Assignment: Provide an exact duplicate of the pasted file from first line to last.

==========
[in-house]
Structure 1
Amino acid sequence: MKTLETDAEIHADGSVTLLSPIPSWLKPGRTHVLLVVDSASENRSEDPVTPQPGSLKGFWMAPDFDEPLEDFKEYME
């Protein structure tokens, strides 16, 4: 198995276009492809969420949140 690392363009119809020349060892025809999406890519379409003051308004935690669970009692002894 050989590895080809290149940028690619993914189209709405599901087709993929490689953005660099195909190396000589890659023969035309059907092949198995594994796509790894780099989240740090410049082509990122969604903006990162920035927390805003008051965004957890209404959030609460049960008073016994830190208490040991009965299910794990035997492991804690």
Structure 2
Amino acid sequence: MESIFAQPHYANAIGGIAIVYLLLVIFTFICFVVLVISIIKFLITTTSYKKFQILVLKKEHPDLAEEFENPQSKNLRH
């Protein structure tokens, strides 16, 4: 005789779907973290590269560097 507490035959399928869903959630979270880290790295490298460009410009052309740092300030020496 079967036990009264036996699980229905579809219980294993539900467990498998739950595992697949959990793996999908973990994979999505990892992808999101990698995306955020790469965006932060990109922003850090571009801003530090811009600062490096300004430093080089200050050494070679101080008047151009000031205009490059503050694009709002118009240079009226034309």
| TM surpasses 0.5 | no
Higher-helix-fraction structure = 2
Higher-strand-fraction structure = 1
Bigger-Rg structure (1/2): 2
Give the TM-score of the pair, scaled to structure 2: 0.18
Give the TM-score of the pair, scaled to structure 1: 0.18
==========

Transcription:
[in-house]
Structure 1
Amino acid sequence: MKTLETDAEIHADGSVTLLSPIPSWLKPGRTHVLLVVDSASENRSEDPVTPQPGSLKGFWMAPDFDEPLEDFKEYME
């Protein structure tokens, strides 16, 4: 198995276009492809969420949140 690392363009119809020349060892025809999406890519379409003051308004935690669970009692002894 050989590895080809290149940028690619993914189209709405599901087709993929490689953005660099195909190396000589890659023969035309059907092949198995594994796509790894780099989240740090410049082509990122969604903006990162920035927390805003008051965004957890209404959030609460049960008073016994830190208490040991009965299910794990035997492991804690």
Structure 2
Amino acid sequence: MESIFAQPHYANAIGGIAIVYLLLVIFTFICFVVLVISIIKFLITTTSYKKFQILVLKKEHPDLAEEFENPQSKNLRH
């Protein structure tokens, strides 16, 4: 005789779907973290590269560097 507490035959399928869903959630979270880290790295490298460009410009052309740092300030020496 079967036990009264036996699980229905579809219980294993539900467990498998739950595992697949959990793996999908973990994979999505990892992808999101990698995306955020790469965006932060990109922003850090571009801003530090811009600062490096300004430093080089200050050494070679101080008047151009000031205009490059503050694009709002118009240079009226034309």
| TM surpasses 0.5 | no
Higher-helix-fraction structure = 2
Higher-strand-fraction structure = 1
Bigger-Rg structure (1/2): 2
Give the TM-score of the pair, scaled to structure 2: 0.18
Give the TM-score of the pair, scaled to structure 1: 0.18